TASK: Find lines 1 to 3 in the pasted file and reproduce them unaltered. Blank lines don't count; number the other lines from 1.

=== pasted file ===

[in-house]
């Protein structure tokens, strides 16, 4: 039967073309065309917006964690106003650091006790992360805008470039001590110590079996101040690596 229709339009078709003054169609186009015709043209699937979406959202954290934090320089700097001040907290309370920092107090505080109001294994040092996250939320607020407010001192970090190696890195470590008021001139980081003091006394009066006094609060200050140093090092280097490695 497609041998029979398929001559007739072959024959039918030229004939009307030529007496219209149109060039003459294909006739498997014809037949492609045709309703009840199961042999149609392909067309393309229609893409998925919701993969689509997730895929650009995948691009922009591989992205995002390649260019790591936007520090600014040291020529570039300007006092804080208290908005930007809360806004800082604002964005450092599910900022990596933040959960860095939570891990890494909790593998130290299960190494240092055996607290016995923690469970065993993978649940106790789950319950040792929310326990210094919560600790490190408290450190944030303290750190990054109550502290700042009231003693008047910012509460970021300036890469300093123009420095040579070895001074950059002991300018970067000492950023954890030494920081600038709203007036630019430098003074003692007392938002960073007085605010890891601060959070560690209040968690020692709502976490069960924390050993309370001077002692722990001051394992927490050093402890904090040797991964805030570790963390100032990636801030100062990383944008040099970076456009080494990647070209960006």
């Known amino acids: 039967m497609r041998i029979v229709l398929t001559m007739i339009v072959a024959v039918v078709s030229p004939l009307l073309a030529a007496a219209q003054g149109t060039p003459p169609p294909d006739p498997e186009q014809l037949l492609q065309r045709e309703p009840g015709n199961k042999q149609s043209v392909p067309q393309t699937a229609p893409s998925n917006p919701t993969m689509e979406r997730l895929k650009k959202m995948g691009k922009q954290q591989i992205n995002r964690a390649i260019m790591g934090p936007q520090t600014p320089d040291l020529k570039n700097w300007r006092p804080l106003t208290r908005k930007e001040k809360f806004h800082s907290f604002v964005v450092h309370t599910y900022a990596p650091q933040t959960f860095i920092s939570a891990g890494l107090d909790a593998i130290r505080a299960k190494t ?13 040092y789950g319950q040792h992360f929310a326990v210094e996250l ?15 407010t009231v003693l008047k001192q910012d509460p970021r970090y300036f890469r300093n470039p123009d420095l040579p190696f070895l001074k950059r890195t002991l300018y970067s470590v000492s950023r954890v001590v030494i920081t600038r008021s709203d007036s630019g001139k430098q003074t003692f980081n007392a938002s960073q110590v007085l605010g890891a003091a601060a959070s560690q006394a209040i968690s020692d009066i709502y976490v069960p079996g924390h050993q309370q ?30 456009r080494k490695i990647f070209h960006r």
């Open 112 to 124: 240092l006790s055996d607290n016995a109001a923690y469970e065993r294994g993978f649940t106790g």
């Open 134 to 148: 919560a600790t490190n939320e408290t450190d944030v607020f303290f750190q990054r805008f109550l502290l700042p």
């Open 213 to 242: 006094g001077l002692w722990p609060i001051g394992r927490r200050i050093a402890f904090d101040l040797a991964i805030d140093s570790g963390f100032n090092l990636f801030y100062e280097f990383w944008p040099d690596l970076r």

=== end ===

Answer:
[in-house]
């Protein structure tokens, strides 16, 4: 039967073309065309917006964690106003650091006790992360805008470039001590110590079996101040690596 229709339009078709003054169609186009015709043209699937979406959202954290934090320089700097001040907290309370920092107090505080109001294994040092996250939320607020407010001192970090190696890195470590008021001139980081003091006394009066006094609060200050140093090092280097490695 497609041998029979398929001559007739072959024959039918030229004939009307030529007496219209149109060039003459294909006739498997014809037949492609045709309703009840199961042999149609392909067309393309229609893409998925919701993969689509997730895929650009995948691009922009591989992205995002390649260019790591936007520090600014040291020529570039300007006092804080208290908005930007809360806004800082604002964005450092599910900022990596933040959960860095939570891990890494909790593998130290299960190494240092055996607290016995923690469970065993993978649940106790789950319950040792929310326990210094919560600790490190408290450190944030303290750190990054109550502290700042009231003693008047910012509460970021300036890469300093123009420095040579070895001074950059002991300018970067000492950023954890030494920081600038709203007036630019430098003074003692007392938002960073007085605010890891601060959070560690209040968690020692709502976490069960924390050993309370001077002692722990001051394992927490050093402890904090040797991964805030570790963390100032990636801030100062990383944008040099970076456009080494990647070209960006």
């Known amino acids: 039967m497609r041998i029979v229709l398929t001559m007739i339009v072959a024959v039918v078709s030229p004939l009307l073309a030529a007496a219209q003054g149109t060039p003459p169609p294909d006739p498997e186009q014809l037949l492609q065309r045709e309703p009840g015709n199961k042999q149609s043209v392909p067309q393309t699937a229609p893409s998925n917006p919701t993969m689509e979406r997730l895929k650009k959202m995948g691009k922009q954290q591989i992205n995002r964690a390649i260019m790591g934090p936007q520090t600014p320089d040291l020529k570039n700097w300007r006092p804080l106003t208290r908005k930007e001040k809360f806004h800082s907290f604002v964005v450092h309370t599910y900022a990596p650091q933040t959960f860095i920092s939570a891990g890494l107090d909790a593998i130290r505080a299960k190494t ?13 040092y789950g319950q040792h992360f929310a326990v210094e996250l ?15 407010t009231v003693l008047k001192q910012d509460p970021r970090y300036f890469r300093n470039p123009d420095l040579p190696f070895l001074k950059r890195t002991l300018y970067s470590v000492s950023r954890v001590v030494i920081t600038r008021s709203d007036s630019g001139k430098q003074t003692f980081n007392a938002s960073q110590v007085l605010g890891a003091a601060a959070s560690q006394a209040i968690s020692d009066i709502y976490v069960p079996g924390h050993q309370q ?30 456009r080494k490695i990647f070209h960006r």